Parameter Description
service1 (Required) The name for the service being profiled. For restrictions on the service name, see Service name and version arguments.
service_version1 (Optional) The version of the service being profiled. For restrictions on the service version, see Service name and version arguments.
verbose (Optional) The logging level. For details on the logging levels, see Agent logging.

Default value is 0 (Error).
project_id2 (Optional) Your GCP project ID.
disable_cpu_profiling (Optional) To disable CPU time profiling, set disable_cpu_profiling=True.

This parameter is supported only for Python version 3.2 and higher. For all other Python versions, CPU time profiling isn't supported and this parameter is ignored.

Default value is False.
disable_wall_profiling (Optional) To disable Wall profiling, set disable_wall_profiling=True.

This parameter is supported for Python 2, and for Python 3.6 and higher. For all other Python versions, Wall profiling isn't supported and this parameter is ignored.

For restrictions on the start function when Wall profiling is enabled, see Limitations.

Default value is False.

1 For only Compute Engine and GKE. For App Engine, the value is derived from the environment.
2 For GCP, the value is derived from the environment. For non-GCP environments, you must provide a value. For information, see Profiling applications running outside Google Cloud Platform.

Analyzing data

After Profiler has collected data, you can view and analyze this data using the Profiler interface. To get started using this interface, see Opening the Profiler interface.

Service name and version arguments

When you load the Profiler agent, you specify a service-name argument and an optional service-version argument to configure it.

The service name lets Profiler collect profiling data for all replicas of that service. The profiler service ensures a collection rate of one profile per minute, on average, for each service name across each combination service versions and zones.

For example, if you have a service with two versions running across replicas in three zones, the profiler will create an average of 6 profiles per minute for that service.

If you use different service names for your replicas, then your service will be profiled more often than necessary, with a correspondingly higher overhead.

When selecting a service name:

  • Choose a name that clearly represents the service in your application architecture. The choice of service name is less important if you only run a single service or application. It is more important if your application runs as a set of micro-services, for example.

  • Make sure to not use any process-specific values, like a process ID, in the service-name string.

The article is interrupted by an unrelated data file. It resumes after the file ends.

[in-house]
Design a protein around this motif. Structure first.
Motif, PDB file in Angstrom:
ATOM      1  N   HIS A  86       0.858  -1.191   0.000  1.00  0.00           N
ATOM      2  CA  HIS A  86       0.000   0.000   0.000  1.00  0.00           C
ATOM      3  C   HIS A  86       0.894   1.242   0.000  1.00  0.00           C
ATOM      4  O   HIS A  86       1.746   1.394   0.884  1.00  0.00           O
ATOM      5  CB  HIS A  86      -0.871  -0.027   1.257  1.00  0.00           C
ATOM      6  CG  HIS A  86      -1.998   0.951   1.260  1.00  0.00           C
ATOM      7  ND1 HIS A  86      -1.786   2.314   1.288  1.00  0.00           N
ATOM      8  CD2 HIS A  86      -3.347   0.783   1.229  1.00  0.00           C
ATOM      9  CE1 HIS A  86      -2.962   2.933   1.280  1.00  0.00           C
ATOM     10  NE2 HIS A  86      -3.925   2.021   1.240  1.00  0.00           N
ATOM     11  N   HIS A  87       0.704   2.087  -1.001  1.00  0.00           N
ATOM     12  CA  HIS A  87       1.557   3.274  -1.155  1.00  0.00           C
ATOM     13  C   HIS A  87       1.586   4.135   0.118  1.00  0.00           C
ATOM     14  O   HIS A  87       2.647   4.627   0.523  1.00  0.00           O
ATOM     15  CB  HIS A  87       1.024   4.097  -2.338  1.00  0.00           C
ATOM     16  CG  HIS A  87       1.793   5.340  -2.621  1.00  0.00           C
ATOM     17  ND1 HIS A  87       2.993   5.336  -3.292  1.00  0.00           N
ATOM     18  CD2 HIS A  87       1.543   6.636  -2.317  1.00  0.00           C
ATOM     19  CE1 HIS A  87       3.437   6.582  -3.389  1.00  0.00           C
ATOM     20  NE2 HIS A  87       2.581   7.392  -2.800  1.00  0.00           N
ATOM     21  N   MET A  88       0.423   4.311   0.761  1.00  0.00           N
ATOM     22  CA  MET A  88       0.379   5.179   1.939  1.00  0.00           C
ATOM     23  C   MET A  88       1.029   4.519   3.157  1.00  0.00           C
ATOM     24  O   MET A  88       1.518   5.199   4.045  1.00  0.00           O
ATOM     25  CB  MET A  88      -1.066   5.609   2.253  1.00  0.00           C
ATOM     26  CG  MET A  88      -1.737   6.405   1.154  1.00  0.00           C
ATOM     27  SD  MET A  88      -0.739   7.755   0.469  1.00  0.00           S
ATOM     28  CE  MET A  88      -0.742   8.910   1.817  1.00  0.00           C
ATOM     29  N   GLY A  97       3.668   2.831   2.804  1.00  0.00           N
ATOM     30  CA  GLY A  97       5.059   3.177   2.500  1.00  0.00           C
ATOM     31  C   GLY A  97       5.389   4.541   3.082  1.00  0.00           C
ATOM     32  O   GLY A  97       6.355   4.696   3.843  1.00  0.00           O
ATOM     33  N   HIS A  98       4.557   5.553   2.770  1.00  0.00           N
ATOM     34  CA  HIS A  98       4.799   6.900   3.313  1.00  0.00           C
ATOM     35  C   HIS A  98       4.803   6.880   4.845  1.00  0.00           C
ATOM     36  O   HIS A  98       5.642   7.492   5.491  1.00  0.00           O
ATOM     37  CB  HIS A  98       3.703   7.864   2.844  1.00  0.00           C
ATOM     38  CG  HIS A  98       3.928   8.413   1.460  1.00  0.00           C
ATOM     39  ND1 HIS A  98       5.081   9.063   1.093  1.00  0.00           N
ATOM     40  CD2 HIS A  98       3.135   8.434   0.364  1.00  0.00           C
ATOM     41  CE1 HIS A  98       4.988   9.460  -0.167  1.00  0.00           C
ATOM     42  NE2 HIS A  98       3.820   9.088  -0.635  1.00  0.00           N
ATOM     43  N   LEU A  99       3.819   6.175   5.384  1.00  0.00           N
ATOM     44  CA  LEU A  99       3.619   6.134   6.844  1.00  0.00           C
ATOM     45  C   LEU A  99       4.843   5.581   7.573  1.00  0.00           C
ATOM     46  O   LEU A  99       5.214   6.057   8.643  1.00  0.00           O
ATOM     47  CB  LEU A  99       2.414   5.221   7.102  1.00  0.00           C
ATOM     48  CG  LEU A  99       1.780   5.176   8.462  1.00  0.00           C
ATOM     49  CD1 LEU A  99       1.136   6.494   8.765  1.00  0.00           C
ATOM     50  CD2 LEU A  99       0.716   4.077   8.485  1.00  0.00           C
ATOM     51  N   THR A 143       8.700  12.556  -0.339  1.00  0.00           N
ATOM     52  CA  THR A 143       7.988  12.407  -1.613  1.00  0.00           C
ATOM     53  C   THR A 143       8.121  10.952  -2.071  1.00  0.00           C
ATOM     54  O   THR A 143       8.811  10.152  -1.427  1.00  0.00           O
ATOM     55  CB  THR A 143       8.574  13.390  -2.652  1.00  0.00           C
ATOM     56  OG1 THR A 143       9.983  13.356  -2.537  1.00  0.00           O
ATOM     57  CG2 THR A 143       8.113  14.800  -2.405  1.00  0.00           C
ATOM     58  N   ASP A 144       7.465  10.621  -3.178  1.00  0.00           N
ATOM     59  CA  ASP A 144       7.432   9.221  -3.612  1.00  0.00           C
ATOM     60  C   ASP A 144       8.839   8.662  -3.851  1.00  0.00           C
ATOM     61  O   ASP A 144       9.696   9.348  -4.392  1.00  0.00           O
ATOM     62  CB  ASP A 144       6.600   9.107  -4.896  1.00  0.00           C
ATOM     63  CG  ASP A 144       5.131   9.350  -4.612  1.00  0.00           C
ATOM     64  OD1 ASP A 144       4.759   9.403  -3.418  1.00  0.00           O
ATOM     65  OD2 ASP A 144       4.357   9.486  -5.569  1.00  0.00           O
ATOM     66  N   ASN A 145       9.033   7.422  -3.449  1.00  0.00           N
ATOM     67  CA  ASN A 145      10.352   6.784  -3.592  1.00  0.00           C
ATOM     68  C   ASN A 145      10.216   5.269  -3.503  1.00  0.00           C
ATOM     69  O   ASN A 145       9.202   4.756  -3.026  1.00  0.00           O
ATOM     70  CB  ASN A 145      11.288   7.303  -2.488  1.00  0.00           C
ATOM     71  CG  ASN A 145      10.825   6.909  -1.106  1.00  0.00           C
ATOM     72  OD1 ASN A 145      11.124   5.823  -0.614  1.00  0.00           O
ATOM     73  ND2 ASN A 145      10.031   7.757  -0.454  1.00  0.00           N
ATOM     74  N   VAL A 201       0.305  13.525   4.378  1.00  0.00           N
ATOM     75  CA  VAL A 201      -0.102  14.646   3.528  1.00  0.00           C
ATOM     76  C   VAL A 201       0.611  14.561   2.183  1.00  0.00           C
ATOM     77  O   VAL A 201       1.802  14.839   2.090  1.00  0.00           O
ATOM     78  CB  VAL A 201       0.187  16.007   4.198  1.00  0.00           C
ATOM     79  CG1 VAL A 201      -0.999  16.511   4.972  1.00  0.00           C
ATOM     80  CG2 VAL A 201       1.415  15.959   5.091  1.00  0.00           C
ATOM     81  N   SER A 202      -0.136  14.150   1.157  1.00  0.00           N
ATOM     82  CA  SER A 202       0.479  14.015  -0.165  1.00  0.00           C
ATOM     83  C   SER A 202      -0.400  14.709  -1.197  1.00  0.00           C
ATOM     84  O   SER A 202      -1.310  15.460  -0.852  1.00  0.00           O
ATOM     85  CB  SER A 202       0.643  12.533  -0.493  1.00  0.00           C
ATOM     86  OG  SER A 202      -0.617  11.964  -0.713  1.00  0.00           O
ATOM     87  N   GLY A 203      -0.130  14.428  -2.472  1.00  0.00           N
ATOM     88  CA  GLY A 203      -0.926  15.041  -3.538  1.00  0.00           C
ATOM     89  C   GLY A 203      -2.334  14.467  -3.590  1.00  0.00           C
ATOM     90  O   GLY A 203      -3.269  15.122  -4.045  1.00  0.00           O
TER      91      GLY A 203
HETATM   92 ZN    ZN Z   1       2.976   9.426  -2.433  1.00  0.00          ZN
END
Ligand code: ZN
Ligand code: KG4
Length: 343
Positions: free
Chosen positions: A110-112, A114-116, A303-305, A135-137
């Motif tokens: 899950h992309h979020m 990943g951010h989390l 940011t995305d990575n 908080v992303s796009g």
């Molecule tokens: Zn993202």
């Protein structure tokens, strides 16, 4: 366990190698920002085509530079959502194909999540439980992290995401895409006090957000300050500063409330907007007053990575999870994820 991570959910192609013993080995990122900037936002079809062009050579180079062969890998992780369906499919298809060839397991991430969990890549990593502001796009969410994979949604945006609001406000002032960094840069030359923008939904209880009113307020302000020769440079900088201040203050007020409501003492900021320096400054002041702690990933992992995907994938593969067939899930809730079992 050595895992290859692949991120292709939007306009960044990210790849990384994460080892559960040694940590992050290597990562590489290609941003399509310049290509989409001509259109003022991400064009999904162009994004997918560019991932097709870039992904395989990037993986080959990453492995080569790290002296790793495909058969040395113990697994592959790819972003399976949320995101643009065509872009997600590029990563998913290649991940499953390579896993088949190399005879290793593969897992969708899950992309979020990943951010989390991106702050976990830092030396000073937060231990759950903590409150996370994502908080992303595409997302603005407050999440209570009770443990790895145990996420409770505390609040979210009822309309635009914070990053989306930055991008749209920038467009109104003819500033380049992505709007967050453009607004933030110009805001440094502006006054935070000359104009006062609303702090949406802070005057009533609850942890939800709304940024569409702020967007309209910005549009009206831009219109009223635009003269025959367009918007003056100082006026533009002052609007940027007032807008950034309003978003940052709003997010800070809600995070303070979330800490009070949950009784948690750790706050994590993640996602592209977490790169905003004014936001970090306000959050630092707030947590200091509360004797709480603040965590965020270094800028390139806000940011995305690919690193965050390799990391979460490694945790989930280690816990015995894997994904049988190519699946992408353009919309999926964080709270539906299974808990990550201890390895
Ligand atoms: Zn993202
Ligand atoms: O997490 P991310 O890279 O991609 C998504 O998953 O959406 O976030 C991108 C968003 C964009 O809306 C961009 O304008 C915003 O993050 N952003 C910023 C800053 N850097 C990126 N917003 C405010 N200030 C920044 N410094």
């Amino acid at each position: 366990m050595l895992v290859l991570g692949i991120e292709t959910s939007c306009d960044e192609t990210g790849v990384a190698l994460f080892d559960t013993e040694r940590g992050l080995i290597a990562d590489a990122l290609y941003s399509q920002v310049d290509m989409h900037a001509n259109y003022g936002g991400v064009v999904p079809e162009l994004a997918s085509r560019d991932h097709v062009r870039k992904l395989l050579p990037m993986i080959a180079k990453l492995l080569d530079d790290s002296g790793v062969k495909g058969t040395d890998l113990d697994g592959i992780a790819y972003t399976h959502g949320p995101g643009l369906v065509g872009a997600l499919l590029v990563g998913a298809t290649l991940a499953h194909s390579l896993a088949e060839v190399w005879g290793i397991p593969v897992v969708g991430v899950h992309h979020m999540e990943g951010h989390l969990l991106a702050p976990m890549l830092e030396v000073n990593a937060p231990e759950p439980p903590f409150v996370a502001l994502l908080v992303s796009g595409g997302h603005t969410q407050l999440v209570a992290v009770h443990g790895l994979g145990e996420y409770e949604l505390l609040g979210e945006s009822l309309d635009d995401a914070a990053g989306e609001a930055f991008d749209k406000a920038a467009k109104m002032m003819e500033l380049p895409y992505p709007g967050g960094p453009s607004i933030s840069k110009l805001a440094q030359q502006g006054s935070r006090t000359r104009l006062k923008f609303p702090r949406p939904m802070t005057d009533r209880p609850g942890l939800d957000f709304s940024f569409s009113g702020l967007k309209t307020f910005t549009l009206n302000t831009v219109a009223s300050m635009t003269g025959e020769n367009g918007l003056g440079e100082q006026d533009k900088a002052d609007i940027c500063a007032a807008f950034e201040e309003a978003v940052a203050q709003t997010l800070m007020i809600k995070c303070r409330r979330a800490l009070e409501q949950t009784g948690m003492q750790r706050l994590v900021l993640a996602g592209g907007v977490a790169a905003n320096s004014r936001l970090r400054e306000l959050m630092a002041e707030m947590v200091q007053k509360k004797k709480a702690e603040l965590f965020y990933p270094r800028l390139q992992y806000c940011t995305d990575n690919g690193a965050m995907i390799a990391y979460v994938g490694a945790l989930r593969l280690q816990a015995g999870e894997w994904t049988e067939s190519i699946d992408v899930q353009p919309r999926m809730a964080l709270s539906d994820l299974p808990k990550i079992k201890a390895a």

• The service-name string must match this regular expression:

    ^[a-z]([-a-z0-9_.]{0,253}[a-z0-9])?$

A good guideline is to use a static string like imageproc-service as the service name.

The service version is optional. If you specify the service version, Profiler can aggregate profiling information from multiple instances and display it correctly. It can be used to mark different versions of your services as they get deployed. The Profiler UI lets you filter the data by service version; this way, you can compare the performance of older and newer versions of the code.

The value of the service-version argument is a free-form string, but values for this argument typically look like version numbers, for example, 1.0.0 or 2.1.2.

Agent logging

By default, the profiling agent logs messages with a severity level of error. To configure the agent to log messages with lower severity levels, specify the verbose parameter when starting the agent. There are four supported values for verbose:

  • 0 : Error
  • 1 : Warning
  • 2 : Informational
  • 3 : Debug

If you set the verbose parameter to 1 in your call to start, then messages with a severity level of Warning or Error are logged, while Informational and Debug messages are ignored.

To log all messages, set verbose to 3 when starting the agent:

googlecloudprofiler.start(service='service_name', verbose=3)

Troubleshooting

This section lists limitations, exceptions, and known issues.

Limitations

Profile type Restrictions and limitations
CPU time
  • Supported for Python 3.2 and higher.
Wall time
  • Supported for Python 3.6 and higher.
  • Not available for Python 3.0 to 3.5.
  • Available, but not supported, for Python 2.
  • Main-thread profiling only.
  • The profile start function must be called from the main thread.
  • The Profiler signal handler executes only on the main thread. If the main thread cannot execute, no profiling data is captured.

Exceptions

Error Cause Solution
NotImplementedError thrown during start Application executed in a non-Linux environment.
  • Execute your application in a Linux environment.
ValueError thrown during start The start function arguments are invalid, necessary information can't be determined from the environment variables and arguments, or profiling if both CPU time profiling and Wall time profiling are disabled.
  • Ensure the service name and version meet the requirements defined in Service name and version arguments.
  • If Wall profiling is enabled, make sure start is called from the main thread.
  • Ensure that you are using a supported version of Python and that CPU time or Wall time profiling is enabled. For more information, see start function.
  • Check that you have specified the project_id parameter to start if you are running outside of GCP. For more information, see start function.

Known issues

Behavior Cause Solution
System calls fail with Python 3.4 or earlier applications, when profiling CPU time or Wall time. Python, version 3.4 and earlier, fails system calls interrupted by a signal with EINTR. Your application must handle this scenario. For more detailed information, see PEP 475.
  • Use Python 3.5 or later.
  • Have the application handle the EINTR response code.
Your Python 3.5 or earlier application isn't responding to signals when Wall profiling is enabled. Python 3.5 and earlier contains a race condition in its signal handling. The effect is that applications stop responding to signals, including the kill signal Ctrl-C.
  • Use Python 3.6 or later.

What's next

To learn about the Profiler graph and controls, go to Using the Stackdriver Profiler Interface. For advanced information, go to the following: